Where are the Asian Women in Film?

Nadine Truong, Di Quon, Christine Choy, and S. Casper Wong

By William Kustiono

On July 30th, 2013, the Asian American International Film Festival collaborated with the Museum of Chinese American to host Where are the Asian Women in Film. This panel discussion focused on Asian female filmmakers getting started in filmmaking. This discussion also examined the role of females in the movie, the challenges of being Asian and female in the film business – how to increase our visibility in front and behind the camera and how to benefit from the new channels in the era of international mobility and crowd-sourcing.

Nadine Truong, Di Quon, Christine Choy, and S. Casper Wong

The speakers at this panel were Nadine Truong, Di Quon, Christine Choy, and S. Casper Wong. Nadine Truong is a German-born Vietnamese filmmaker. She worked in talent representation and various production companies prior to earning and education at American Film Institute Conservatory. She received her MFA degree in directing in 2009. Her latest work is,” Someone I Used To Know”.

Di Quon is best known for her role as nanny “Rita” in Grown-Ups starring Adam Sandler. She made a big debut as “Lily Kim” in blockbuster film Maid in Manhattan starring Jennifer Lopez. In 2006, Di Quon created, starred, and produced the first Asian American drama comedy television show with Eric Byler titled “My Life… Disoriented.” Before her acting career, she signed to Wilhelmina Modeling agency and appeared on the Aerosmith’s cover “Young Lust”.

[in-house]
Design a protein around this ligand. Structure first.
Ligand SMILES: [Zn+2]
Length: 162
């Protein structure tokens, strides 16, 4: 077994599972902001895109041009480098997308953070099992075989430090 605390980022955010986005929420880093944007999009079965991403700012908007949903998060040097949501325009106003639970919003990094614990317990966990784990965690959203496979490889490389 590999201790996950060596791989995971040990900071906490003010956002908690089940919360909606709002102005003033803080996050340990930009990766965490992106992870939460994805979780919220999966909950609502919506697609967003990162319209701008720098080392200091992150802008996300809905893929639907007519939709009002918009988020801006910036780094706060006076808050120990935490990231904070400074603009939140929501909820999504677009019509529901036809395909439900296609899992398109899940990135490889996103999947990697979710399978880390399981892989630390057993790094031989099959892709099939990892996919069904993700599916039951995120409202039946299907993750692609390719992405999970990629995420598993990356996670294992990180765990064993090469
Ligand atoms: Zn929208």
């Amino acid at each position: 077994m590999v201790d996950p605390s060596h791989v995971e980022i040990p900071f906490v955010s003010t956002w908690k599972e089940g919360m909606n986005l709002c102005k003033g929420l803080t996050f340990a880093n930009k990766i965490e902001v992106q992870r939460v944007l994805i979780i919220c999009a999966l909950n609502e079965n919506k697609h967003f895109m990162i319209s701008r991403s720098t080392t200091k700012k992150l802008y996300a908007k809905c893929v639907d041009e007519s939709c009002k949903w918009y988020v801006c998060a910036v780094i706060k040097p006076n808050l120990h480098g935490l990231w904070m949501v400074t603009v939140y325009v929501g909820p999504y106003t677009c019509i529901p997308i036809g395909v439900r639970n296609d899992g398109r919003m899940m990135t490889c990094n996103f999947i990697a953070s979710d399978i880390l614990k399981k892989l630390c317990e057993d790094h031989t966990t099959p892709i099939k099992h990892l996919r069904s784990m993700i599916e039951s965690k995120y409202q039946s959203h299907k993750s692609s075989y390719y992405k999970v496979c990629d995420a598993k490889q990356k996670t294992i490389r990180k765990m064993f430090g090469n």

Nadine Truong, Di Quon, Christine Choy

Christine Choy is a veteran director and Professor of the New York University Graduate Film and Television Department. She has produced and directed about seventy works in various forms and receiving over sixty international awards. These awards are the John Simon Guggenheim, the Rockefeller, the Asian Cultural Council, and Academy Award Nomination for the documentary film, “Who Killed Vincent Chen?”

S. Casper Wong, the panel moderator, is a Silicon Valley attorney turned New York based writer, director and producer of both narrative and documentary films. Her recent feature documentary, The LuLu Sessions, has won 10 international awards and nominations, including Audience Award for Best Feature Documentary, Grand Jury Prize for Best Feature Documentary and Emerging Director Awards.